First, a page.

He could get another job. I spoke petulantly into my tie knot. In England. He acts like a stupid history teacher most of the time, he could be one of those.
Now, now. Dont be rude, my mother told me, but with her face pointing the other way.
She blew her nose.
This country is our home for the time being, she went on dutifully. I could tell she was forcing her mouth into a smile. Itll be better this time. I believe that, I really do. Back at home your fathers old department just didnt appreciate his . . . skills, but I think hell finally find his feet with this new job. Hes running a whole office. Things will be different.
But I dont really know anything about this country, I said, a plea as I eyed the small boy over on the grass who now appeared to be looking right at me. What if they dont like me?
She turned around again.
Then we will go back, one way or another. I promise. Its where we belong. We can go and live with Granny while we settle back. She says were always welcome. She misses us so much since we left.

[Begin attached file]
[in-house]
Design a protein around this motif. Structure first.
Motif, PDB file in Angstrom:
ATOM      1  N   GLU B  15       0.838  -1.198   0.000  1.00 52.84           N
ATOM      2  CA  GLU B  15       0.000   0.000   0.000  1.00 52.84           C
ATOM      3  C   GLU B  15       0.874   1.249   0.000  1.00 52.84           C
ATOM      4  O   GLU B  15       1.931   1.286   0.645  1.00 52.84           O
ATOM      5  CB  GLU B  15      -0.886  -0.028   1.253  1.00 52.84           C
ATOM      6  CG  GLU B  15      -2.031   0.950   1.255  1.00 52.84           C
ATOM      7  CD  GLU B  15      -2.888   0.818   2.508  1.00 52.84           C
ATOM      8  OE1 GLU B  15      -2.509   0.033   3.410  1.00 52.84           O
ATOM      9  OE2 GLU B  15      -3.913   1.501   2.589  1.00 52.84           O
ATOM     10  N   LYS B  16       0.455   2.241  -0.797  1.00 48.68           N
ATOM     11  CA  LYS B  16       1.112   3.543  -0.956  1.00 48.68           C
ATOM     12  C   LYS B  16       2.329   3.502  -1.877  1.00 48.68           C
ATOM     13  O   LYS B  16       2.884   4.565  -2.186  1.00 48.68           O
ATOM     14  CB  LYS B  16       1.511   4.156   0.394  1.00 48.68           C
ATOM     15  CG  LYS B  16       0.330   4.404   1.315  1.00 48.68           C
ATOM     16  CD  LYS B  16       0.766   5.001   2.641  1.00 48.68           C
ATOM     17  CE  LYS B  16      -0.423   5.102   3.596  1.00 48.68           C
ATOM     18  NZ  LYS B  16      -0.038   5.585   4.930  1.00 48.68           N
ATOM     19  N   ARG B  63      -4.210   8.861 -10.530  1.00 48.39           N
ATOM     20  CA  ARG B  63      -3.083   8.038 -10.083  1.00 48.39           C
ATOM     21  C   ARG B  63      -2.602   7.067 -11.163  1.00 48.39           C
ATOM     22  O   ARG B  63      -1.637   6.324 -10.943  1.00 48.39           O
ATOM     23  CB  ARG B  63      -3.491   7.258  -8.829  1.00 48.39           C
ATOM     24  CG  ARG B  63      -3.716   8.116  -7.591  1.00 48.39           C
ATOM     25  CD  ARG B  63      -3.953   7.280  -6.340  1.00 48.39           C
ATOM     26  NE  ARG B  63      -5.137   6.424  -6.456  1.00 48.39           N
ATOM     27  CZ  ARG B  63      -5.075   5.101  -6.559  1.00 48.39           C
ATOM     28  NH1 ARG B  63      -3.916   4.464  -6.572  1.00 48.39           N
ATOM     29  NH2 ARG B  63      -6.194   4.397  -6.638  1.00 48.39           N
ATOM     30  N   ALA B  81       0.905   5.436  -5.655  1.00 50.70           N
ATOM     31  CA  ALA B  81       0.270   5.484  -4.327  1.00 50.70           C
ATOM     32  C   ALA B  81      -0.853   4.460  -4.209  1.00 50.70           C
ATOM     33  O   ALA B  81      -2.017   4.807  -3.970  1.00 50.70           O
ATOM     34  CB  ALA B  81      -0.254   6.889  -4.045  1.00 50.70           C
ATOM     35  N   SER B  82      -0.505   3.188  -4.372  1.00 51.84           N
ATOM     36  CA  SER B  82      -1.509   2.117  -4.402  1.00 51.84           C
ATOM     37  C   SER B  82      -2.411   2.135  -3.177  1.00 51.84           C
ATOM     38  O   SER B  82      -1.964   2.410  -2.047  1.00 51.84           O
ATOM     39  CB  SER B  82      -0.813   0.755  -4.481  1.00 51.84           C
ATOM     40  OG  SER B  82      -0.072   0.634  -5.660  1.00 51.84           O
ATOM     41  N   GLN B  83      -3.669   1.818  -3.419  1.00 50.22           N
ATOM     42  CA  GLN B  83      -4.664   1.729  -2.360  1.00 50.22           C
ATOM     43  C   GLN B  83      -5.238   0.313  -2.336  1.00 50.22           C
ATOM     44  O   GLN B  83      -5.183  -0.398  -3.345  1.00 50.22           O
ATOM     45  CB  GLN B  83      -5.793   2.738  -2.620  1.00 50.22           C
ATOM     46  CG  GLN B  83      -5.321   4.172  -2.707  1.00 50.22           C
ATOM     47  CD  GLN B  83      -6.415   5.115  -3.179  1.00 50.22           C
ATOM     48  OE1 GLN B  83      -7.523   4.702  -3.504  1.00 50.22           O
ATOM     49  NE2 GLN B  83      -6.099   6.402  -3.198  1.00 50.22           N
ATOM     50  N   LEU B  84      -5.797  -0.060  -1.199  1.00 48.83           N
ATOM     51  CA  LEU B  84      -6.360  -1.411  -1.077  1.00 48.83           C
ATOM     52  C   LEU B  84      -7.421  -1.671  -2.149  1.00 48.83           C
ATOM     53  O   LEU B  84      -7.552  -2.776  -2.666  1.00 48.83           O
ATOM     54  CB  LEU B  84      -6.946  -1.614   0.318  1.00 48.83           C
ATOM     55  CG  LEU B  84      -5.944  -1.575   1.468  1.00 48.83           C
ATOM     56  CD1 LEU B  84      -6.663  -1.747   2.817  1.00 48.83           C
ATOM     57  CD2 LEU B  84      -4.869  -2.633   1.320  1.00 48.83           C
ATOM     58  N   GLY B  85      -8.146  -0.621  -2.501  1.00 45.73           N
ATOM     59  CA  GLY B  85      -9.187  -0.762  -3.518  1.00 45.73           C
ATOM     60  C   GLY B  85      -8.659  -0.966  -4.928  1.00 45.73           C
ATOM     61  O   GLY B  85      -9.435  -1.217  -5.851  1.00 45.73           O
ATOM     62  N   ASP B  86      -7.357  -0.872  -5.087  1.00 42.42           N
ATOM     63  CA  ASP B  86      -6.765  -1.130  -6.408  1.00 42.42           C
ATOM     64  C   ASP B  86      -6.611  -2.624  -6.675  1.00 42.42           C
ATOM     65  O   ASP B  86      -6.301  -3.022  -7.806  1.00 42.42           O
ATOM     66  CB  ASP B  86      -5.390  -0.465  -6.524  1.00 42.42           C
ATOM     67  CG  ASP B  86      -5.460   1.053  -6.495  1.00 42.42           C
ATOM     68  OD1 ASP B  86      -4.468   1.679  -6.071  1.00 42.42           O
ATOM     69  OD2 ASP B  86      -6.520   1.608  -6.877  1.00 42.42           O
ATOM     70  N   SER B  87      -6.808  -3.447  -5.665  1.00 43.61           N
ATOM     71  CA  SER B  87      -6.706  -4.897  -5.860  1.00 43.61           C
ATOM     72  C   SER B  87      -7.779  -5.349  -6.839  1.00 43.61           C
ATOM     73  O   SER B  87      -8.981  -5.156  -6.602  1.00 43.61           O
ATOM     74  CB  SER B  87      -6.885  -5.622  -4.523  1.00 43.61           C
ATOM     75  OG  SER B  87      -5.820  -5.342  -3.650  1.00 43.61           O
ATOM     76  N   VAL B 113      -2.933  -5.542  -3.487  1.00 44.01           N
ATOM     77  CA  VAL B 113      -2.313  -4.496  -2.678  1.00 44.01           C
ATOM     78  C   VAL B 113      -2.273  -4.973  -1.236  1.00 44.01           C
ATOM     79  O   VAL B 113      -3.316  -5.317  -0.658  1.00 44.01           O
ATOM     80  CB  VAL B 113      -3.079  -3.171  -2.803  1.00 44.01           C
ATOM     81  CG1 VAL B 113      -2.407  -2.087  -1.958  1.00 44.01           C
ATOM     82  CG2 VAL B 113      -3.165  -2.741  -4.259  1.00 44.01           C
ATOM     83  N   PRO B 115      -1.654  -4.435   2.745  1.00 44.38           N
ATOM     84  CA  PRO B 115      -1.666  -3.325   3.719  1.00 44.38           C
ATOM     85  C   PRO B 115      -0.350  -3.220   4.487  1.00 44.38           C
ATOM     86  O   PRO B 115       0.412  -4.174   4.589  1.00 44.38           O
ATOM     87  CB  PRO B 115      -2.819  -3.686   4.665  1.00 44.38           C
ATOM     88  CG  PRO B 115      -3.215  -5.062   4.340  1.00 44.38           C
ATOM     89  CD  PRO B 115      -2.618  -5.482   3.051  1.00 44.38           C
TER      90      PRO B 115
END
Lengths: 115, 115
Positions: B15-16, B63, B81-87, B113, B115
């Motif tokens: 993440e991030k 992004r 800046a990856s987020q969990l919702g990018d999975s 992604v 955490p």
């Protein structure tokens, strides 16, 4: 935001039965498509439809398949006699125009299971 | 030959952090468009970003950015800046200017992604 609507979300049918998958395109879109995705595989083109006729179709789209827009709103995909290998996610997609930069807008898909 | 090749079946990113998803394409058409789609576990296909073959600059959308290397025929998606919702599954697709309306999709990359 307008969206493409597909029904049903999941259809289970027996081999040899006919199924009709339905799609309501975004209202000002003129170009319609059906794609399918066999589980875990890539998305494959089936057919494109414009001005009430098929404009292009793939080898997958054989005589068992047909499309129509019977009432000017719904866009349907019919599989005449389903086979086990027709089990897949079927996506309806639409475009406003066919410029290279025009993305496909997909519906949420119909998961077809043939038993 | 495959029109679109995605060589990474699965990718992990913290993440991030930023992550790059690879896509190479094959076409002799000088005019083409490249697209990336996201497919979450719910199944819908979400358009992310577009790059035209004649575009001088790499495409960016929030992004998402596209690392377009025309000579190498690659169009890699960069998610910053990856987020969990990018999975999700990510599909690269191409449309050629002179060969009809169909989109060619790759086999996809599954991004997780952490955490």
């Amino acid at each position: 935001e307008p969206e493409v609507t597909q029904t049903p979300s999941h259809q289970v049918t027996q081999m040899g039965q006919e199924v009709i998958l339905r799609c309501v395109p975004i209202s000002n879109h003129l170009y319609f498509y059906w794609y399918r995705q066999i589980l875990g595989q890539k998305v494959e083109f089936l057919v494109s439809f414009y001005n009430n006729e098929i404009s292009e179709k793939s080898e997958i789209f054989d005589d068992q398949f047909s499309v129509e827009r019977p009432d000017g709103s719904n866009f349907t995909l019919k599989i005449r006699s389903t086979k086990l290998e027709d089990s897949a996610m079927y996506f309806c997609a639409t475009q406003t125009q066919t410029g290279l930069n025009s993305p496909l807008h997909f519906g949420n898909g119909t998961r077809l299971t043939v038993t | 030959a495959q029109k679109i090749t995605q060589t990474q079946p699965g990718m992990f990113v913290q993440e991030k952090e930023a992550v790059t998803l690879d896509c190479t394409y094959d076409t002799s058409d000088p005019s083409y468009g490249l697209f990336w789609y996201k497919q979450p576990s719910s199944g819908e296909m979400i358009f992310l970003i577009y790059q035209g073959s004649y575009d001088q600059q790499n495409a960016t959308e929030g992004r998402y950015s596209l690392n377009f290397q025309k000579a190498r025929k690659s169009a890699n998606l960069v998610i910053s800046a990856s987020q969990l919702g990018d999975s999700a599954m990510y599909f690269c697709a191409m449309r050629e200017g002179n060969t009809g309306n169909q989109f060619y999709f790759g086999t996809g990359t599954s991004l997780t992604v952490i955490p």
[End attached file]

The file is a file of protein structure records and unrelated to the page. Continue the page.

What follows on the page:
Now her smile was real.
But you have to promise youll at least try. If you can do that then Ill see what I can do. Your father does listen to me sometimes, he does care. Maybe he can put in for a transferIm sure the Civil Service does that sort of thing all the time. Deal?
I nodded quickly up and down, knowing I could believe her optimism, and my mother leaned into the back to give me a hug. Beyond, my father waved me out with impatience.
Youre at grown-up school now, Robert. You dont want the other boys seeing that, he said as I went to him. Until that point Id always been Bobby. It seemed Bobby had been left at home and I wished I was there with him.
I lowered my head and pulled on the oversized blue blazer that itched my skin.
Weve found you a new friend, my father went on, pointing to the small black boy. Hes starting today, too. This is Nelson. Nelson, this is Robert. You two are going to be best friends.
Nelsons father smiled and agreed. Nelson himself didnt move until his father gave him a nudge, and he nodded a silent hello. His eyes cried out that he was in fact having the same kind of day as me, and we laughed anxiously together. It wasnt a sound we would make many times that first term.
Excerpted from Out of Shadows by Jason Wallace. Copyright © 2011 by Jason Wallace. Excerpted by permission of Holiday House. All rights reserved. No part of this excerpt may be reproduced or reprinted without permission in writing from the publisher.
Blood at the Root
"A gripping, timely, and important examination of American racism."
- PW Starred Review
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